UNITED STATES DISTRICT COURT SOUTHERN DISTRICT OF CALIFORNIA
May 5, 2011
FIDELITY NATIONAL FINANCIAL, INC., ET
BRANDT FEES ONLY NATIONAL UNION FIRE INSURANCE COMPANY OF PITTSBURGH, PA., ET AL., DEFENDANTS.
The opinion of the court was delivered by: Cathy Ann Bencivengo United States Magistrate Judge
ORDER DENYING PLAINTIFF'S REQUEST FOR A CMC CONCERNING [Doc. No. 208]
On April 15, 2011, plaintiff Fidelity National Financial Inc. ("Fidelity") filed an application requesting a Case Management Conference to address the schedule for production of proof related to its Brandt fee claim. [Doc. No. 208.] Defendant National Union Fire Insurance Company ("National") filed response on April 29, 2011. [Doc. No. 216.] The Court addressed the matter during a telephonic hearing on May 3, 2011. Andrew Agati, Esq., and Oliver Dunford, Esq., appeared for Fidelity. Kenneth Watnick, Esq., appeared for National.
Fidelity claims National acted in bad-faith with regard to its insurance claim. Under California law, if Fidelity proves its bad-faith claim, it can recover as damages the expenses incurred in proving entitlement to the benefits, known as Brandt fees. Brandt v. Standard Ins. Co., 37 Cal. 3d 813 (1985). Consequently Fidelity's reasonable attorneys' fees may be recoverable as an economic loss. Fidelity identified in its Rule 26 Disclosures that it would seek recovery of fees and expenses as damages, but indicated it would not currently make available its legal bills to establish the amount sought "because are protected by the attorney-client privilege and work product doctrine." [Doc. No. 208 at 1.]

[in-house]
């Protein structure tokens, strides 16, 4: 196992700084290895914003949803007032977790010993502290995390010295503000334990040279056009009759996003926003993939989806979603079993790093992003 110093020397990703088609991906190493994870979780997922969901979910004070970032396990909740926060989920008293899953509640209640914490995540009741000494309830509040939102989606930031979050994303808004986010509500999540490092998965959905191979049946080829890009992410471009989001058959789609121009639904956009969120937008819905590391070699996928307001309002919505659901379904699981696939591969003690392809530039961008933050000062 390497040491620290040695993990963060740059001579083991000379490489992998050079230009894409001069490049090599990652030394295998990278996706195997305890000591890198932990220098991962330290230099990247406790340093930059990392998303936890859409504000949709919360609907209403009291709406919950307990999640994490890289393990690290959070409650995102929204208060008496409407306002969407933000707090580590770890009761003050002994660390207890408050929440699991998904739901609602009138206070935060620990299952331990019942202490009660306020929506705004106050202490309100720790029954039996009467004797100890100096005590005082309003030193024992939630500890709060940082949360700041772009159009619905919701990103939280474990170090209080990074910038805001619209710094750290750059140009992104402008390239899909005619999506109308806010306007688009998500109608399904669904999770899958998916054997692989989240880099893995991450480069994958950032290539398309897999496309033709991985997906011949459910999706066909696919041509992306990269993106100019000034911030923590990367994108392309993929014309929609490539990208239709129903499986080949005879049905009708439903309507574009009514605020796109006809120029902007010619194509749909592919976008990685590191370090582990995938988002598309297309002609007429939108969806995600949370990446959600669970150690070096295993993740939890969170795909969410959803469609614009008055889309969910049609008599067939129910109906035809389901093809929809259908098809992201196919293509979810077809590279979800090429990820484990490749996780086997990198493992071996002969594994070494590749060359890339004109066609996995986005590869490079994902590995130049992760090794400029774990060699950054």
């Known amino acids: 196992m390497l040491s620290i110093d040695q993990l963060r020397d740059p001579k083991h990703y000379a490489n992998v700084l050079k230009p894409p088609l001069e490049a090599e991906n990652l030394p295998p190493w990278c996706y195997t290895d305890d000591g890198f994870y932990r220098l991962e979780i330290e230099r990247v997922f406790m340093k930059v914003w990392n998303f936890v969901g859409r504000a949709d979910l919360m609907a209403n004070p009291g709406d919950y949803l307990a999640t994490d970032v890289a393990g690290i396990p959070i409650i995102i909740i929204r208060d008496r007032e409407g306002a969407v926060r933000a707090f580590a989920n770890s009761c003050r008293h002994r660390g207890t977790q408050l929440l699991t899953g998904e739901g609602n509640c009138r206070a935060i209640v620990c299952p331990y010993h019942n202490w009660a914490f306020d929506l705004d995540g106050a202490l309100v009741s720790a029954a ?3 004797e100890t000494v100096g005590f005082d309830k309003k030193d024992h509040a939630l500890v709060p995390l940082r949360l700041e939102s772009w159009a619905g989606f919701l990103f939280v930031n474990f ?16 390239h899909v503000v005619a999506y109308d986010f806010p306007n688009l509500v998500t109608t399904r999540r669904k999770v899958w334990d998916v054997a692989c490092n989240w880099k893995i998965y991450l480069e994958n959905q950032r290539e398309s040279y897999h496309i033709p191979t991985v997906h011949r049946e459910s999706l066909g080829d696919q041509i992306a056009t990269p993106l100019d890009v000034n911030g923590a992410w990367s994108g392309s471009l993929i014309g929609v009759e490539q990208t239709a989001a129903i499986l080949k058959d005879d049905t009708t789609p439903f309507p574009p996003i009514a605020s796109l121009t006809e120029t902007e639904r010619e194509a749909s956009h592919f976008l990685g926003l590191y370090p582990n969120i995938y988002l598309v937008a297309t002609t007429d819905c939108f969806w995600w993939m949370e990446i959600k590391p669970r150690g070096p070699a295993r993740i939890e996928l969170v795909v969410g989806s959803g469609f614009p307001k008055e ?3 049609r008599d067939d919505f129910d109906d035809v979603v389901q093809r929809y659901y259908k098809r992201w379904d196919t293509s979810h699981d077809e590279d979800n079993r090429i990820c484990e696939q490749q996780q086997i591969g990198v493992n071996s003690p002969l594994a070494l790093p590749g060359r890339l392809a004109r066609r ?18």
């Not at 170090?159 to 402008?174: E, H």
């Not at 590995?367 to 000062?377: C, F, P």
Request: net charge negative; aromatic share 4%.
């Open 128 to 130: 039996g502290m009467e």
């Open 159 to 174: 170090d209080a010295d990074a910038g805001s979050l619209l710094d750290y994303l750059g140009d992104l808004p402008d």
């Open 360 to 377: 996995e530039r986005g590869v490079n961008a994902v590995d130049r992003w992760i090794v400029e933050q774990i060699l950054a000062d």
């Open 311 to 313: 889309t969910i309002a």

National responded that Fidelity's assertion of the privilege barring National from examining the evidence related to Fidelity's claim should result in Fidelity being precluded from asserting that claim at trial. [Doc. No. 216.] National, however, never raised the issue with the Court and preclusion is not justified in this case.
Fidelity has put its fees at issue in this litigation by identifying them as damages it will seek. Having done so, Fidelity has waived any claim of privilege. Concept Enterprises, Inc., v. Hartford Ins., Co of the Midwest, 2001 U.S. Dist. LEXIS 6901 *28 (C.D. Cal., May 21, 2001.)
Fidelity requests delaying production of this information until after any dispositive motions on the question of bad-faith are decided. There are, however, no such motions pending to justify the requested delay. Fact discovery closes in this case on May 20, 2011. If Fidelity seeks to recover fees and expenses as damages, it should produce the evidence by that date. Fidelity's request is DENIED.
IT IS SO ORDERED.
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